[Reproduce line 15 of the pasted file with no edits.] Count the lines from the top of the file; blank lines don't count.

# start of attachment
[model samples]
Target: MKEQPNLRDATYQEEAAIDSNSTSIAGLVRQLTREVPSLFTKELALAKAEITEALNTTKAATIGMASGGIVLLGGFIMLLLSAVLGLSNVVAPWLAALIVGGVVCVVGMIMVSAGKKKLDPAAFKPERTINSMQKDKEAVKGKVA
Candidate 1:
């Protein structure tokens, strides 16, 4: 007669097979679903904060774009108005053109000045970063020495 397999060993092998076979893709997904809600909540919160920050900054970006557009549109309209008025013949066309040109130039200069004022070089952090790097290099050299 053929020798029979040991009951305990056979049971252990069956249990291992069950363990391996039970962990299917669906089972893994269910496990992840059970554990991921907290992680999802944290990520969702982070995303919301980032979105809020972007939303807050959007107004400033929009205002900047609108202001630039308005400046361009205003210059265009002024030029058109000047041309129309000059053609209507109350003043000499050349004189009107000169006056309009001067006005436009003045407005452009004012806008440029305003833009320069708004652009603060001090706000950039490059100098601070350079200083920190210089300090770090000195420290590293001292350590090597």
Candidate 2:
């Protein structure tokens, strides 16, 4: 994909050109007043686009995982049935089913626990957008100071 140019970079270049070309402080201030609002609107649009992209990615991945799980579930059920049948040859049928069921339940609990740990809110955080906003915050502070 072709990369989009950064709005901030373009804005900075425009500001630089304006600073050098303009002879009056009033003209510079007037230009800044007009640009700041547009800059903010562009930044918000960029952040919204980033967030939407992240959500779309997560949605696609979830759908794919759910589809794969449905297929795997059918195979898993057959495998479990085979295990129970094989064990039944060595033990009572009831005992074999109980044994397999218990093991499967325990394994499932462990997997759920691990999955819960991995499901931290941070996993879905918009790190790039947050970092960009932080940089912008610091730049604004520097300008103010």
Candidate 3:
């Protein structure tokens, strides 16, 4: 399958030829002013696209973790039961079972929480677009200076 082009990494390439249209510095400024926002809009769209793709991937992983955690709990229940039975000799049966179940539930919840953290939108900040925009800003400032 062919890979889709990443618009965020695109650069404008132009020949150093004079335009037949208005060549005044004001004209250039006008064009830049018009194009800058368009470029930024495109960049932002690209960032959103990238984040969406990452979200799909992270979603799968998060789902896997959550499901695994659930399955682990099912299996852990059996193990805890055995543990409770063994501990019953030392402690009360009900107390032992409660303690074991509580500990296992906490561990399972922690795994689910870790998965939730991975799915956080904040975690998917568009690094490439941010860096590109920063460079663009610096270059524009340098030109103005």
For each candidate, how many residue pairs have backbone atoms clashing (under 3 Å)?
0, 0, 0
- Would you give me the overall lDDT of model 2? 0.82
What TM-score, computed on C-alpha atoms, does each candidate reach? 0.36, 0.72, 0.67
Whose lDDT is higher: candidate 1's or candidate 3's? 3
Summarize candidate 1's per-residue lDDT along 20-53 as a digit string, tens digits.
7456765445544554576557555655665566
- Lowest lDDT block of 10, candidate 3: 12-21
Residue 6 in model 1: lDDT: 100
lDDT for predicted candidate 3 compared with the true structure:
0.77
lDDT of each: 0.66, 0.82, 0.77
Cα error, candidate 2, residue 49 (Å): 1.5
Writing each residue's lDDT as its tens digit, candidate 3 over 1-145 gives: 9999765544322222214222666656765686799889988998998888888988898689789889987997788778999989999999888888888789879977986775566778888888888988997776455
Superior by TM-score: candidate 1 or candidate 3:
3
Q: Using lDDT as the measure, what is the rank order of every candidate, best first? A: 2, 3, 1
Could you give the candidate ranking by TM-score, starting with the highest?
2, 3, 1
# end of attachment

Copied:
7456765445544554576557555655665566